Mail fraud is a crime that uses the United States Postal Service to carry out any scheme which seeks to unlawfully acquire money or property.
Mail Fraud is codified pursuant to 18 U.S.C. 1341:
“Whoever, having devised or intending to devise any scheme or artifice to defraud, or for obtaining money or property by means of false or fraudulent pretenses, representations, or promises, or to sell, dispose of, loan, exchange, alter, give away, distribute, supply, or furnish or procure for unlawful use any counterfeit or spurious coin, obligation, security, or other article, or anything represented to be or intimated or held out to be such counterfeit or spurious article, for the purpose of executing such scheme or artifice or attempting so to do, places in any post office or authorized depository for mail matter, any matter or thing whatever to be sent or delivered by the Postal Service, or deposits or causes to be deposited any matter or thing whatever to be sent or delivered by any private or commercial interstate carrier, or takes or receives there from, any such matter or thing, or knowingly causes to be delivered by mail or such carrier according to the direction thereon, or at the place at which it is directed to be delivered by the person to whom it is addressed, any such matter or thing, shall be fined under this title or imprisoned not more than 20 years, or both. If the violation occurs in relation to, or involving any benefit authorized, transported, transmitted, transferred, disbursed, or paid in connection with, a presidentially declared major disaster or emergency, or affects a financial institution, such person shall be fined not more than $1,000,000 or imprisoned not more than 30 years, or both.”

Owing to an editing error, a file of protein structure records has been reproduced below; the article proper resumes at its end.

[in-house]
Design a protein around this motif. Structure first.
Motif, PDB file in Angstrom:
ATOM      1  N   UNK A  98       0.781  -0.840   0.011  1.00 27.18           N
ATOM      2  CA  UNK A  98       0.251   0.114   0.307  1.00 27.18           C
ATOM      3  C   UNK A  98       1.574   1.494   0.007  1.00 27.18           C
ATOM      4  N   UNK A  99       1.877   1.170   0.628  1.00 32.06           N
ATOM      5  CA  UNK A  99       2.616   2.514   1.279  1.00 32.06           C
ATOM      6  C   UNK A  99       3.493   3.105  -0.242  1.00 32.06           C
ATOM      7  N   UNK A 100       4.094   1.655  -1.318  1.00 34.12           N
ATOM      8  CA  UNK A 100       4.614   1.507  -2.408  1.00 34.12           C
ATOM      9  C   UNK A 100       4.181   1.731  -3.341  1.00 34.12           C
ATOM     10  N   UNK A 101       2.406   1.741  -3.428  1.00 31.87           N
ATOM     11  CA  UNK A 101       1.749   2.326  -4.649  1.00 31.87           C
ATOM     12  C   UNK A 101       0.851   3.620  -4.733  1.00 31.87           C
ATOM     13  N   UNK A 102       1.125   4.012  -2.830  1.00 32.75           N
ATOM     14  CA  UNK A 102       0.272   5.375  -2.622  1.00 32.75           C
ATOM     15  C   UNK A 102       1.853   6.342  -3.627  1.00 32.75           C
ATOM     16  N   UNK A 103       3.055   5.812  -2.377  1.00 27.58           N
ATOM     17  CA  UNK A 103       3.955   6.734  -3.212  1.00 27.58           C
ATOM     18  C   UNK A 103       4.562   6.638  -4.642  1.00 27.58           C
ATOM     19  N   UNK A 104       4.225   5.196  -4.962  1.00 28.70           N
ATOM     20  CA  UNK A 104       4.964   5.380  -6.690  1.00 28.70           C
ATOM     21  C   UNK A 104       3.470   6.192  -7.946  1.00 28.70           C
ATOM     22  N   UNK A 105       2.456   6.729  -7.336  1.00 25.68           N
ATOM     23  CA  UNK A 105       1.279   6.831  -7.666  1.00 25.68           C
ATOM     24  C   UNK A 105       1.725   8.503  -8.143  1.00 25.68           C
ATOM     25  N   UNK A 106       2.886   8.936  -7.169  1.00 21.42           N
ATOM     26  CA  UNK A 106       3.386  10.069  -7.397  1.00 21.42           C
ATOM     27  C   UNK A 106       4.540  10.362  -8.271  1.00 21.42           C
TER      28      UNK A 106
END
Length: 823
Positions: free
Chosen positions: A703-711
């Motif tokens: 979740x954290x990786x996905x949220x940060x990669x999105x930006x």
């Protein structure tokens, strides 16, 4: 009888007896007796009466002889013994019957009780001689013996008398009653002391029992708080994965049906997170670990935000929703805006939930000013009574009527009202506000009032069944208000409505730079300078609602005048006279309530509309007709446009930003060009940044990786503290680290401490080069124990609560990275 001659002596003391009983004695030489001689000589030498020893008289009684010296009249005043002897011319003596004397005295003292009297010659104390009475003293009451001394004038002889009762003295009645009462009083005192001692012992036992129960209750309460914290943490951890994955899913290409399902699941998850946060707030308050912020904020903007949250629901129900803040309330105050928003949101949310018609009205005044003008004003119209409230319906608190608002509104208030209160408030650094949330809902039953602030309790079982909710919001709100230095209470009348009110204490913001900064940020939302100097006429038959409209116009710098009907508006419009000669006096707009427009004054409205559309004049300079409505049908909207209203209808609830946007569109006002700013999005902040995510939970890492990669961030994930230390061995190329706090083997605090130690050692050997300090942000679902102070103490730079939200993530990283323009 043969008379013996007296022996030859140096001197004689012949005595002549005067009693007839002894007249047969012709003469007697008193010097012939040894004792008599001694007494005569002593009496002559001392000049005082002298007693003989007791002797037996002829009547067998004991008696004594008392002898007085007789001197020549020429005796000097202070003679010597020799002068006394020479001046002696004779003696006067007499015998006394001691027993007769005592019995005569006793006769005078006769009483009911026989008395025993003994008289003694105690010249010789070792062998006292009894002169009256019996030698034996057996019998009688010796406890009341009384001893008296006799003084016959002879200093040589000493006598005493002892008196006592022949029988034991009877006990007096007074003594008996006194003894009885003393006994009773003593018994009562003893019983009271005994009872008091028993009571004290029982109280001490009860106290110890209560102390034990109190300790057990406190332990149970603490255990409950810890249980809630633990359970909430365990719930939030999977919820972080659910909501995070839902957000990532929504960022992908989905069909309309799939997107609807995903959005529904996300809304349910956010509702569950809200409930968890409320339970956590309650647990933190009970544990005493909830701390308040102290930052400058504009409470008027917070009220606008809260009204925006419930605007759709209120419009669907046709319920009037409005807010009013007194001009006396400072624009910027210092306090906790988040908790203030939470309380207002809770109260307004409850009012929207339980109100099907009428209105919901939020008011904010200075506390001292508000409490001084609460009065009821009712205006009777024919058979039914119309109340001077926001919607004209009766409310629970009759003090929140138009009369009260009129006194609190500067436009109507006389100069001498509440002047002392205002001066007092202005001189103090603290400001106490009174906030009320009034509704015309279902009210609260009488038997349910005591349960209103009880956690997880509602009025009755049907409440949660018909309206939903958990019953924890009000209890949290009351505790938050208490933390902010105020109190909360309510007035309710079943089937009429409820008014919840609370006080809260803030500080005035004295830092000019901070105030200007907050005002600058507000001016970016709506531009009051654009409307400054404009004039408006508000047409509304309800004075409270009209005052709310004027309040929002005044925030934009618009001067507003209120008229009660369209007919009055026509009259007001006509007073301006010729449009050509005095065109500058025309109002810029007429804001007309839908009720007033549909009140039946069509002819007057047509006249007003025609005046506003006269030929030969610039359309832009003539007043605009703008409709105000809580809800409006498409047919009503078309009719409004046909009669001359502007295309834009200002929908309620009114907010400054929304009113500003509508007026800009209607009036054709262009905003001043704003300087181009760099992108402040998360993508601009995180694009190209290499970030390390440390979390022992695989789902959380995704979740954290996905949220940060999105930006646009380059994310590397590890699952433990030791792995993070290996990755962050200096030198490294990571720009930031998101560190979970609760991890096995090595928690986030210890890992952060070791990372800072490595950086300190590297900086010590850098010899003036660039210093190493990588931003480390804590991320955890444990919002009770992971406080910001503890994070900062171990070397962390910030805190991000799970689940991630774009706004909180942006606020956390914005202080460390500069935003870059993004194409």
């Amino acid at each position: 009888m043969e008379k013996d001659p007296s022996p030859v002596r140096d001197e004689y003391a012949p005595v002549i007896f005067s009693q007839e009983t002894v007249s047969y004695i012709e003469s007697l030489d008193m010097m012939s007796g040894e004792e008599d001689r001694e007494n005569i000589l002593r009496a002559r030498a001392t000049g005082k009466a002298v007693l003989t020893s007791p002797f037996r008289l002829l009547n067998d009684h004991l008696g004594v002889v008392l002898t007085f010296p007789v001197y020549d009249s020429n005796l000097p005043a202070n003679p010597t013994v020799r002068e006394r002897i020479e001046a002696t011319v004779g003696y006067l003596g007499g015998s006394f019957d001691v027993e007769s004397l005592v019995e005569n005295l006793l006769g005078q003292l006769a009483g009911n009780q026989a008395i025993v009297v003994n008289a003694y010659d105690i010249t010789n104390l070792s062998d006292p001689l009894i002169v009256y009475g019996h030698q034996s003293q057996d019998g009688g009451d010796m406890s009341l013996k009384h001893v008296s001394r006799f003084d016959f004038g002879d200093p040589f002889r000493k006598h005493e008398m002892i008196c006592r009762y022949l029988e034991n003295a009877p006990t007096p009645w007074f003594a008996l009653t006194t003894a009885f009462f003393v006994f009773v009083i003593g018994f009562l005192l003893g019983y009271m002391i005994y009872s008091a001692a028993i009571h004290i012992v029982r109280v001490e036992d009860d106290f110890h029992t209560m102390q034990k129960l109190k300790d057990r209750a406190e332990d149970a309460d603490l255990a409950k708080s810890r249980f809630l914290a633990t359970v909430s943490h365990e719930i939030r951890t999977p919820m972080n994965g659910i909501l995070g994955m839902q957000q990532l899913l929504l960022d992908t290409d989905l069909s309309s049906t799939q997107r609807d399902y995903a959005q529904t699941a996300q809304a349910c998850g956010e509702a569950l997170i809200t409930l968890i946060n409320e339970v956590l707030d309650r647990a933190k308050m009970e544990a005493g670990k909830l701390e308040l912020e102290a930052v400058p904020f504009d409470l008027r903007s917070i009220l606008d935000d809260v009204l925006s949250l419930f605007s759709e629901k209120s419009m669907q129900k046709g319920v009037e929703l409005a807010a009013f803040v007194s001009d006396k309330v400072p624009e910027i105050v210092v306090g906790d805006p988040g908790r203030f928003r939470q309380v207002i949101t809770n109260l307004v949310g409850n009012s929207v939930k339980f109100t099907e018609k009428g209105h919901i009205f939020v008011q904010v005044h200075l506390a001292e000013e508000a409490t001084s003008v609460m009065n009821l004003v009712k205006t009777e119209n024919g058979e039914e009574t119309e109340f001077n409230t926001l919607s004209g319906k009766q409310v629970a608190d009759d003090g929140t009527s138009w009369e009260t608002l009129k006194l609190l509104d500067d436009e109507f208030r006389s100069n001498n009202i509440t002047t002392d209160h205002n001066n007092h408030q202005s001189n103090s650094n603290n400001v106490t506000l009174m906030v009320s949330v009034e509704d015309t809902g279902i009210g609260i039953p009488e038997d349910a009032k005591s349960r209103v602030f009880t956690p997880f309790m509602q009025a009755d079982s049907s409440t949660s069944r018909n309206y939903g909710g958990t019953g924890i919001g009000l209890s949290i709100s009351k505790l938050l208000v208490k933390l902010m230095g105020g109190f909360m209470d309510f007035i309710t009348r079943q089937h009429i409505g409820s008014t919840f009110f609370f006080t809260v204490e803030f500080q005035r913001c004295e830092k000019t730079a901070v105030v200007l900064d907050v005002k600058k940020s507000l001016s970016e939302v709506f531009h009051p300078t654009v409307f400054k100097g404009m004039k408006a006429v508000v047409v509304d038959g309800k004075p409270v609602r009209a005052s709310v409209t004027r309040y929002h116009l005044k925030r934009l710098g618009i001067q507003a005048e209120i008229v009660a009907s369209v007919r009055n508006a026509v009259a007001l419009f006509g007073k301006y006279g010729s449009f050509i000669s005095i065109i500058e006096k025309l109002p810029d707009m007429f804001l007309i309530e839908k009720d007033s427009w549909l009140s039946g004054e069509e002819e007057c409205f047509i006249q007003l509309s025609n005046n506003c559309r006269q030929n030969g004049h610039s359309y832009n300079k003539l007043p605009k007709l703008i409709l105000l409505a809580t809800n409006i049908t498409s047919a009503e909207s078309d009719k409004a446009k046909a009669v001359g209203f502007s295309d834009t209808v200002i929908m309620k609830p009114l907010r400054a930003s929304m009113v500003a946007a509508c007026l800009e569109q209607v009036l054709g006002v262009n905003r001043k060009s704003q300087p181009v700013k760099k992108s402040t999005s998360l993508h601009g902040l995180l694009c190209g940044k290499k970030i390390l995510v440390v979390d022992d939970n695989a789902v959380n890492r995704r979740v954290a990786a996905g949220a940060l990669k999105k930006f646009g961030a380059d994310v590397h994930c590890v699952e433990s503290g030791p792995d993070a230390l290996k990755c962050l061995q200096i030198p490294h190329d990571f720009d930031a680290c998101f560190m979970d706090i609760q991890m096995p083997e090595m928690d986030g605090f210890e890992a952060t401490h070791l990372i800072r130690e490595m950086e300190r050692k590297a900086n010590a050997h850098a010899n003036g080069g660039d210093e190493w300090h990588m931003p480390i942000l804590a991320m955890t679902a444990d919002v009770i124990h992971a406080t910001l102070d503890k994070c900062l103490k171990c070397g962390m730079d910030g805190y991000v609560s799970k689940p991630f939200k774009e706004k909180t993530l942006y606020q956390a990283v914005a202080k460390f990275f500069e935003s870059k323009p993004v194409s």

Courts have generally held that three elements must be proven to convict a defendant of mail fraud.
Participation by the defendant in a scheme to defraud.
The mail was used in furtherance of the scheme.
The defendant who participated in the scheme used or caused the use of the mail.
A person conviction for mail fraud faces a sentence of up to 20 year in a federal prison and a fine. If the scheme affects the solvency of a financial institution, a conviction can result in a 30 year prison sentence and a $1,000,000 fine.
For a free consultation to see how David J. Sobel can defend you, contact Mr. Sobel at 954-383-3000. You will be able to speak directly with Fort Lauderdale Criminal Defense Lawyer David J. Sobel 24/7.